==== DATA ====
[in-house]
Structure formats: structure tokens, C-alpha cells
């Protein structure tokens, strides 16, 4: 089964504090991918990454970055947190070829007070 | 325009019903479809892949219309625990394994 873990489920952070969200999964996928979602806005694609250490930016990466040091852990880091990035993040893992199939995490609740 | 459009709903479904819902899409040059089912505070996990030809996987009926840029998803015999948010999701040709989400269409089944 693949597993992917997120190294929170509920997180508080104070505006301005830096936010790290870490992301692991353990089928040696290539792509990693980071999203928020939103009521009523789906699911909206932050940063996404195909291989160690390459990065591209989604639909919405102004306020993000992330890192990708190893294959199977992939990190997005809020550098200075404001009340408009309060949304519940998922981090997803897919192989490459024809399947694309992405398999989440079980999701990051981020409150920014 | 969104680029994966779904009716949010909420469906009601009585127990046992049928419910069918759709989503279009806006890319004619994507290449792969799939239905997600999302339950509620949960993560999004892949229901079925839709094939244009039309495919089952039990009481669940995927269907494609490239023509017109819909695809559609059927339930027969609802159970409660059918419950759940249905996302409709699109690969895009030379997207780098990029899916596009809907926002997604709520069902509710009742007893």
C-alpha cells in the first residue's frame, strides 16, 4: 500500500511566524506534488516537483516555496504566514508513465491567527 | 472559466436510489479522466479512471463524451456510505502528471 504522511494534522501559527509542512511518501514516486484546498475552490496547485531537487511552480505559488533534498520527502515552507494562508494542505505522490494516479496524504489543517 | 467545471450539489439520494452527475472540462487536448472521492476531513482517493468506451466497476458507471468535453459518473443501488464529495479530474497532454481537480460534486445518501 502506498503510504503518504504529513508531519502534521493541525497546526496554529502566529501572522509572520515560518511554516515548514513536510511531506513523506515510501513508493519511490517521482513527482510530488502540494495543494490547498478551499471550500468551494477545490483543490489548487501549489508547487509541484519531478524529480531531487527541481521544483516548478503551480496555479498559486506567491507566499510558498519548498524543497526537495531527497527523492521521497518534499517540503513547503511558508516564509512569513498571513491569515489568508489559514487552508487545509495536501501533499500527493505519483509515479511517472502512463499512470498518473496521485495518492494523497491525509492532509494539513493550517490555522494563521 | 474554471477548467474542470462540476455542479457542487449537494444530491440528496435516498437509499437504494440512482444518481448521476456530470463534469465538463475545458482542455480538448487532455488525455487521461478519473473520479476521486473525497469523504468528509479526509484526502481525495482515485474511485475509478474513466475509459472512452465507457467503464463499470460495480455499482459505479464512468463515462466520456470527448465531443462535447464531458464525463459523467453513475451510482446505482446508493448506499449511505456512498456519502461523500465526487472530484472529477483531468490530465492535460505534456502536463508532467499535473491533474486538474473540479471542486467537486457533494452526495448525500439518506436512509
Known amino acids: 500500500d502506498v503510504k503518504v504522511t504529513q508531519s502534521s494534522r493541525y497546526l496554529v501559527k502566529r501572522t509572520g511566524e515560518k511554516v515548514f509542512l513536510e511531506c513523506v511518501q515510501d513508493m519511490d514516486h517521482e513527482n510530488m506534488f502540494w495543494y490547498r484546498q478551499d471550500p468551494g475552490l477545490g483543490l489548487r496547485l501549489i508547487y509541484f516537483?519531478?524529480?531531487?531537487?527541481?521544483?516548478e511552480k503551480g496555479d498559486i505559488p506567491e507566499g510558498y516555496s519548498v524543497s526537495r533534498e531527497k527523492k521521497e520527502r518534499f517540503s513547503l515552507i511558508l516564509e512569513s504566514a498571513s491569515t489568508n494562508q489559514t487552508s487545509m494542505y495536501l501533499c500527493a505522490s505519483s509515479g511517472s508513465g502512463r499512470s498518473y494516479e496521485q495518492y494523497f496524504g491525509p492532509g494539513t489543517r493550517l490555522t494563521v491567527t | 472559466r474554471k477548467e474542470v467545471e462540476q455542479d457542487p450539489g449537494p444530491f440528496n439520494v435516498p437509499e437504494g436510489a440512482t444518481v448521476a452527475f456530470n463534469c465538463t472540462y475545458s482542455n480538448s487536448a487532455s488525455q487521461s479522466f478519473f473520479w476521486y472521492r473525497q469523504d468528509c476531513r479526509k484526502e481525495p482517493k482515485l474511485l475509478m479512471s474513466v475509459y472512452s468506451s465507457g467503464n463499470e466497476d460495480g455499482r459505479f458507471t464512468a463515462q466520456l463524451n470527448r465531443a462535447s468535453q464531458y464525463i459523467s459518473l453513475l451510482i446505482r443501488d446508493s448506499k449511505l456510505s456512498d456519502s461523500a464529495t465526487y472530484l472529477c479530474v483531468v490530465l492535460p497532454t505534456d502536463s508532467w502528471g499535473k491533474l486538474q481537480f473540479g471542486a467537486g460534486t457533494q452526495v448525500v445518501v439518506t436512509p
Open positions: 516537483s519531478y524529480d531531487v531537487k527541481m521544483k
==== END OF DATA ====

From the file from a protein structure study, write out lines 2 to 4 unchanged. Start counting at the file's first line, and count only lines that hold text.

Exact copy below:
Structure formats: structure tokens, C-alpha cells
């Protein structure tokens, strides 16, 4: 089964504090991918990454970055947190070829007070 | 325009019903479809892949219309625990394994 873990489920952070969200999964996928979602806005694609250490930016990466040091852990880091990035993040893992199939995490609740 | 459009709903479904819902899409040059089912505070996990030809996987009926840029998803015999948010999701040709989400269409089944 693949597993992917997120190294929170509920997180508080104070505006301005830096936010790290870490992301692991353990089928040696290539792509990693980071999203928020939103009521009523789906699911909206932050940063996404195909291989160690390459990065591209989604639909919405102004306020993000992330890192990708190893294959199977992939990190997005809020550098200075404001009340408009309060949304519940998922981090997803897919192989490459024809399947694309992405398999989440079980999701990051981020409150920014 | 969104680029994966779904009716949010909420469906009601009585127990046992049928419910069918759709989503279009806006890319004619994507290449792969799939239905997600999302339950509620949960993560999004892949229901079925839709094939244009039309495919089952039990009481669940995927269907494609490239023509017109819909695809559609059927339930027969609802159970409660059918419950759940249905996302409709699109690969895009030379997207780098990029899916596009809907926002997604709520069902509710009742007893």
C-alpha cells in the first residue's frame, strides 16, 4: 500500500511566524506534488516537483516555496504566514508513465491567527 | 472559466436510489479522466479512471463524451456510505502528471 504522511494534522501559527509542512511518501514516486484546498475552490496547485531537487511552480505559488533534498520527502515552507494562508494542505505522490494516479496524504489543517 | 467545471450539489439520494452527475472540462487536448472521492476531513482517493468506451466497476458507471468535453459518473443501488464529495479530474497532454481537480460534486445518501 502506498503510504503518504504529513508531519502534521493541525497546526496554529502566529501572522509572520515560518511554516515548514513536510511531506513523506515510501513508493519511490517521482513527482510530488502540494495543494490547498478551499471550500468551494477545490483543490489548487501549489508547487509541484519531478524529480531531487527541481521544483516548478503551480496555479498559486506567491507566499510558498519548498524543497526537495531527497527523492521521497518534499517540503513547503511558508516564509512569513498571513491569515489568508489559514487552508487545509495536501501533499500527493505519483509515479511517472502512463499512470498518473496521485495518492494523497491525509492532509494539513493550517490555522494563521 | 474554471477548467474542470462540476455542479457542487449537494444530491440528496435516498437509499437504494440512482444518481448521476456530470463534469465538463475545458482542455480538448487532455488525455487521461478519473473520479476521486473525497469523504468528509479526509484526502481525495482515485474511485475509478474513466475509459472512452465507457467503464463499470460495480455499482459505479464512468463515462466520456470527448465531443462535447464531458464525463459523467453513475451510482446505482446508493448506499449511505456512498456519502461523500465526487472530484472529477483531468490530465492535460505534456502536463508532467499535473491533474486538474473540479471542486467537486457533494452526495448525500439518506436512509